PROMOTING ACCESS TO AFRICAN RESEARCH

South African Journal of Animal Science

Log in or Register to get access to full text downloads.

Remember me or Register



Production and slaughter performance of ostriches fed full-fat canola seed

G.J. Niemann, T.S. Brand, L.C. Hoffman

Abstract


Full-fat canola seed (FFCS) is a locally produced alternative protein source that has potential for inclusion in the diet of ostriches. Chicks aged 84 days and weighing 24.7 ± 0.36 kg were fed five iso-nutritional diets with varying levels of FFCS. Birds were fed until slaughter at 309 days old (93.2 ± 1.82 kg). In each feeding phase, FFCS replaced soybean oilcake meal incrementally (0%, 25%, 50%, 75% and 100% of protein source). Dry matter intake (DMI) during the grower phase was lowest (1.52 kg/bird/day) for the 100%FFCS diet. Birds on the 100%FFCS also showed a 34% slower growth rate (average daily gain of 152.0 g/bird/day) compared to the other four diets (average growth rate of 230 g/bird/day) during the grower phase. The 0%FFCS (236.2 g/bird/day) and 50%FFCS (267.8 g/bird/day) diets resulted in a higher ADG. End weights during the grower phase for 0%FFCS, 25%FFCS, 50%FFCS and 75%FFCS (74.8, 72.2, 76.8, and 72.5 kg, respectively) did not differ significantly. The 100%FFCS resulted in a lower end weight (67.4 kg) for the growth phase, when compared to the 0%FFCS and 50%FFCS diets. For the overall trial period, the only differences were in ADG, with the 0%, 50% and 75%FFCS replacement diets showing the fastest growth. Fat pad weight was the only slaughter trait that revealed differences between diets, with 50%FFCS resulting in the heaviest fat pad weight. A maximum of 20.6% inclusion of FFCS should be used in diets in the grower phase, although in the other phases, FFCS could be included up to the maximum level evaluated (100% replacement of soybean oilcake meal) without detrimental effects on production parameters.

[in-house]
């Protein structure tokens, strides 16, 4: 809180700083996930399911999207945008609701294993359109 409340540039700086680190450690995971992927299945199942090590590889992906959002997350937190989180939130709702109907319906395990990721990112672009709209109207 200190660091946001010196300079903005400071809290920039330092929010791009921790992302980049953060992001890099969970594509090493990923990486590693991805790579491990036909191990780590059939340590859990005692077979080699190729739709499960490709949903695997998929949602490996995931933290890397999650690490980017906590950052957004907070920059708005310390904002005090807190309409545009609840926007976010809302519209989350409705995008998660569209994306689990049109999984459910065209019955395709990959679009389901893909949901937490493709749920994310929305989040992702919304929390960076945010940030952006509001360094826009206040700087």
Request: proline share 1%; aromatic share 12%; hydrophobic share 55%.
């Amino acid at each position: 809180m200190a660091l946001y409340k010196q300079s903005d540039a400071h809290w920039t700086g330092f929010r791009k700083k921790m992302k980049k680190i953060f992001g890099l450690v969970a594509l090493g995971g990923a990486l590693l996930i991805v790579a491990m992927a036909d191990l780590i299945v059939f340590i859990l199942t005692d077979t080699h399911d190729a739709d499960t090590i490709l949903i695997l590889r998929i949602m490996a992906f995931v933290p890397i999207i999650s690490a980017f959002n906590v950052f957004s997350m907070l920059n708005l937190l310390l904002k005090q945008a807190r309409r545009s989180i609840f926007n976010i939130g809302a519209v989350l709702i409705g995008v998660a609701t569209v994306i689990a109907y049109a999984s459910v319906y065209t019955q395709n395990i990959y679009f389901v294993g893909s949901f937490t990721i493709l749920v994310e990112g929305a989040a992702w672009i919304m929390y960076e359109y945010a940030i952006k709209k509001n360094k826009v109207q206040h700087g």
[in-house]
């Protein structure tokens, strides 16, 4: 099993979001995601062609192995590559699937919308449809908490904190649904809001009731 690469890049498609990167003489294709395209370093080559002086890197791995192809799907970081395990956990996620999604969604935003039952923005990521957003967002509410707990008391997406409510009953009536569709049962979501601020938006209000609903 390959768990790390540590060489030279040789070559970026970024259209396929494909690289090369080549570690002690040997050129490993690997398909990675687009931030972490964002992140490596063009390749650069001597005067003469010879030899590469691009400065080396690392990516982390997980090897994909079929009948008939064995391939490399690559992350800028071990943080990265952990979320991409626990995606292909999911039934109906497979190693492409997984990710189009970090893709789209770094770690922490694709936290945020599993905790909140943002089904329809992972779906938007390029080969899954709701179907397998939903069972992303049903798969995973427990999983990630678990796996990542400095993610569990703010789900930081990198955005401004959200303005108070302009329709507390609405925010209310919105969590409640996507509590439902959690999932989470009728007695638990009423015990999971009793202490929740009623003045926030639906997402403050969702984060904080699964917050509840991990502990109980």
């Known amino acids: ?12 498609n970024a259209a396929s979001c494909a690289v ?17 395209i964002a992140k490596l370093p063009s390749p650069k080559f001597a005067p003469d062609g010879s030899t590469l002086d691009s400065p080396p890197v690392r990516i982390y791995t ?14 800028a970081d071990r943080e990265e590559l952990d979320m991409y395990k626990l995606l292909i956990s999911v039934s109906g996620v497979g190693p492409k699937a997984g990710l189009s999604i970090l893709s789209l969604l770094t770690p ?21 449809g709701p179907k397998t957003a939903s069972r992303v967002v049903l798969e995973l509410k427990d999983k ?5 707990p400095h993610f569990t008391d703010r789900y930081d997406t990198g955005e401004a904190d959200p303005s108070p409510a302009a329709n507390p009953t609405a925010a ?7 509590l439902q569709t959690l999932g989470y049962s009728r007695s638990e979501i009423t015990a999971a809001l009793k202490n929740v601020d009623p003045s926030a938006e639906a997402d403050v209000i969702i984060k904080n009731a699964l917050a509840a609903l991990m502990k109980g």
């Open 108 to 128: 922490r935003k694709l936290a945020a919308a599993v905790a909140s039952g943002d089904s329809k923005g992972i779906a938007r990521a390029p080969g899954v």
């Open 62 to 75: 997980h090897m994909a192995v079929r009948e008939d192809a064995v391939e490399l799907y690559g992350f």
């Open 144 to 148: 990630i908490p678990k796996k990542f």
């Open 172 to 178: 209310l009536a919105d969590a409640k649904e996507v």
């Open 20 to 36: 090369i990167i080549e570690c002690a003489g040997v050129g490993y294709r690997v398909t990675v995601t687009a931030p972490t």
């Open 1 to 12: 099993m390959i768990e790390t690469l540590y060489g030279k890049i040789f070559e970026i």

Keywords: Average daily gain, Brassica napus, dressing percentage, dry matter intake, feed conversion ratio, glucosinolates, Struthio camelus




AJOL African Journals Online